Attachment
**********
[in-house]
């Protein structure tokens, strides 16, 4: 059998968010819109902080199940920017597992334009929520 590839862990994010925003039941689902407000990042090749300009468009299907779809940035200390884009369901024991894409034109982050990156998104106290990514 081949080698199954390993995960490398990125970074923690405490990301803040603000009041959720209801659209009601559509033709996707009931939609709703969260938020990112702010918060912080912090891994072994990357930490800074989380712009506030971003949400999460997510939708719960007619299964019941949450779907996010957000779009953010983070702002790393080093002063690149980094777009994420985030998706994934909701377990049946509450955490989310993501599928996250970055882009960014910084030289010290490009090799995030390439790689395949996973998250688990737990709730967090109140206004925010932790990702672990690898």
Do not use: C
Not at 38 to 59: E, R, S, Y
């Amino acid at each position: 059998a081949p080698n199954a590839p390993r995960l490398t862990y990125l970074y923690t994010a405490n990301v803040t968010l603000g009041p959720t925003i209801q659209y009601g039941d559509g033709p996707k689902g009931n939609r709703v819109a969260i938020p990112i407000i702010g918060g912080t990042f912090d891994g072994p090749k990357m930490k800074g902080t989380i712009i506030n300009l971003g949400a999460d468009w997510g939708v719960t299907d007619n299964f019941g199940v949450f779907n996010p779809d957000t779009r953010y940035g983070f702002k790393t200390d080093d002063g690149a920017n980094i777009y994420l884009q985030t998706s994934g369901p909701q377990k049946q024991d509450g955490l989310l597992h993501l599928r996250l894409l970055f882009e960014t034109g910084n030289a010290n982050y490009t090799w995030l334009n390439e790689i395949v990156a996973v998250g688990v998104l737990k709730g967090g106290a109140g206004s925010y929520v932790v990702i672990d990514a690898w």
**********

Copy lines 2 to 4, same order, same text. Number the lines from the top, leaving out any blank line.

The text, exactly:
């Protein structure tokens, strides 16, 4: 059998968010819109902080199940920017597992334009929520 590839862990994010925003039941689902407000990042090749300009468009299907779809940035200390884009369901024991894409034109982050990156998104106290990514 081949080698199954390993995960490398990125970074923690405490990301803040603000009041959720209801659209009601559509033709996707009931939609709703969260938020990112702010918060912080912090891994072994990357930490800074989380712009506030971003949400999460997510939708719960007619299964019941949450779907996010957000779009953010983070702002790393080093002063690149980094777009994420985030998706994934909701377990049946509450955490989310993501599928996250970055882009960014910084030289010290490009090799995030390439790689395949996973998250688990737990709730967090109140206004925010932790990702672990690898």
Do not use: C
Not at 38 to 59: E, R, S, Y